Faster, better, ... all the way to perfection!
A historic success story
Already in the 1970s, a company in the automotive industry stood out with a seemingly unbeatable concept for increasing competitiveness: Toyota.
For years, the automobile manufacturer was known for its innovative approach and it became a shining example for various other producers in its industry. To this day, Toyota is one of the world's largest automobile manufacturers and still one of the most profitable players in the industry.
Taiichi Ohno, the father of the Toyota Production System, summarized the secret of the company's success as follows: “All we do is pay attention to the lead time from the moment we receive a customer order to the moment we receive the money. We shorten the lead time by eliminating all components that do not create added value for the customer.” This sounds promising and not even difficult to implement – but this understanding only formed the basis for implementing the steps that led to success. During this time, a revolutionary idea was born that focused on the customer's added value – known today as Lean Management.
Lean Management refers to a cross-divisional optimization that aims at improving the efficiency of work processes. It begins where the customer submits his order to the company, and it ends when payment is received. But what does this optimization process look like and how does it work? And what criteria must a company pay attention to if it wants to eliminate all components that, according to Ohno, do not create added value for the customer?
To this end, Lean Management splits the production processes into two categories: Value creation and waste. Here, value creation refers to everything that is valuable for the customer and his final product. The company’s goal is then to minimize waste and at the same time create more capacity for value creation.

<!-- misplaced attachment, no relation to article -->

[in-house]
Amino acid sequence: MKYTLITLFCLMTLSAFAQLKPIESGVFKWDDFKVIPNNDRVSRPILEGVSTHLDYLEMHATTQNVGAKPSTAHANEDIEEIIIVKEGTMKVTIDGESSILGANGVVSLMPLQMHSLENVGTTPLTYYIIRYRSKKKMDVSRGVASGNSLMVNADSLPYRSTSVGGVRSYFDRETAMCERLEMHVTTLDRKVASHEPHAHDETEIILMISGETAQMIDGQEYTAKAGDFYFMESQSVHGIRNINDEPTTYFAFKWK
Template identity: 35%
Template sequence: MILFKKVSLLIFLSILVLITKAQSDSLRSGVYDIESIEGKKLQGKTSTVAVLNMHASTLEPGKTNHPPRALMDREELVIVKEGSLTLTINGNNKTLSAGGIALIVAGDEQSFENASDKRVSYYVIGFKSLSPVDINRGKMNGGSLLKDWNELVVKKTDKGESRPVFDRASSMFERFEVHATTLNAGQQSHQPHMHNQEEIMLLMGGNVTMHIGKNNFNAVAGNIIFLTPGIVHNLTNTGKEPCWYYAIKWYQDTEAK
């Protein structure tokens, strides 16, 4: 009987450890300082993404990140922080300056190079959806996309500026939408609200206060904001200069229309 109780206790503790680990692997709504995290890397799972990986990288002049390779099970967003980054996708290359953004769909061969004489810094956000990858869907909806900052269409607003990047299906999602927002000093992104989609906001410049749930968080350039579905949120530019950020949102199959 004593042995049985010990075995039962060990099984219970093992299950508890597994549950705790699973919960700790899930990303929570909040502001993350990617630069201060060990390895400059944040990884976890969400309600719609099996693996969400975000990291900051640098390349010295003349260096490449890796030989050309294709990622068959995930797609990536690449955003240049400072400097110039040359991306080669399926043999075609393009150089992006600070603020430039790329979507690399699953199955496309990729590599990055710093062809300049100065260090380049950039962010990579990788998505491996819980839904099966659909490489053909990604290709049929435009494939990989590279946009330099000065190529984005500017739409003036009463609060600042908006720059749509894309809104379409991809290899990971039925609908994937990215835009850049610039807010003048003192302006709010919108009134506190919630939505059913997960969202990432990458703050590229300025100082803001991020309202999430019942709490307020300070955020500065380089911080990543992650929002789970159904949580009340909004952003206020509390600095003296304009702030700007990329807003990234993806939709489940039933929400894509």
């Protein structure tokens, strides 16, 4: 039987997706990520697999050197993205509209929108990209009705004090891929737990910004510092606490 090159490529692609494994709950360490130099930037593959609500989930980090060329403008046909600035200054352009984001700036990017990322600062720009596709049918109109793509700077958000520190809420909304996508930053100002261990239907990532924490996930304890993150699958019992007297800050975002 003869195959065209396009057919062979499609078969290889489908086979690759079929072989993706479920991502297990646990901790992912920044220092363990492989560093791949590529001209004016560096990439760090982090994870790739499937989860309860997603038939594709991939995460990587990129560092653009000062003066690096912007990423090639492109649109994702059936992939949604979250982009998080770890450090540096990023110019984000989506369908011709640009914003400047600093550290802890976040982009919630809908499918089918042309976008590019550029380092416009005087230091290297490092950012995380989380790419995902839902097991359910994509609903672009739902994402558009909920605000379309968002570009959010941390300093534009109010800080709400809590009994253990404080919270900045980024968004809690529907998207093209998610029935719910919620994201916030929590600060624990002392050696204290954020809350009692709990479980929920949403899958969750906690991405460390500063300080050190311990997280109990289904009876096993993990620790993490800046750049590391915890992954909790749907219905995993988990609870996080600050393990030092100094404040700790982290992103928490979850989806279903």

A concrete example of this would be the reduction of waiting and idle times caused by organizational factors. Inadequate planning of workflows can cause production processes to come to a standstill. Often parts of the final product lie in one place for several days or weeks, waiting to be processed. The time in which these parts lie idle is classified as waste. Therefore, the ideal is a production chain in which every part is processed or finished immediately and without any waiting times: 100% value creation – the customer gets his product faster and the product uses fewer resources.
Now, this is all very theoretical. But for some years now, Bäumer has been practicing a lean way of working, too. We want to align our production even more closely to the needs of our customers, while at the same time conserving our own resources and making the best possible use of them.
Practical example: Lean Management at Albrecht Bäumer
Four years ago, Peter Paetzold, our Lean Management consultant, was hired specifically for his work around lean working. Since then, he has been working together with colleagues from various company departments to make work and production processes more efficient. The first step is to analyze the path of a product through the design and manufacturing process up to its assembly.
This analysis usually begins at the end of the production chain: during the final assembly of the machine in our workshops. “Assembly is a reservoir of all the organizational problems that precede it in the production process,” says Paetzold. Many undiscovered errors, whether of an organizational, scheduling or qualitative nature, become clearly visible here.
The moment everything is put together, it becomes clear whether all machine parts and process steps were precisely coordinated in the run-up to assembly. Missing parts or lacking precision that needs to be reworked by hand in the final step – incidents such as these can sometimes drive assembly workers crazy.
Although an analysis of the status quo can begin at this crucial point in production, the comprehensive overview of the entire company must not be ignored. Each gear that is turned must be adjusted to its neighboring gears. The analysis starts at the point of value creation, in assembly, but then extends globally to the upstream areas, because this is the only way an all-round optimum can be achieved.
So, while everything begins with an analysis that starts at the end of a product's path through the company's various departments and follows it backwards to the beginning of the process, Lean Management definitely doesn't stop after the analysis. This is the starting point for the specific measures.
Optimization, streamlining, value creation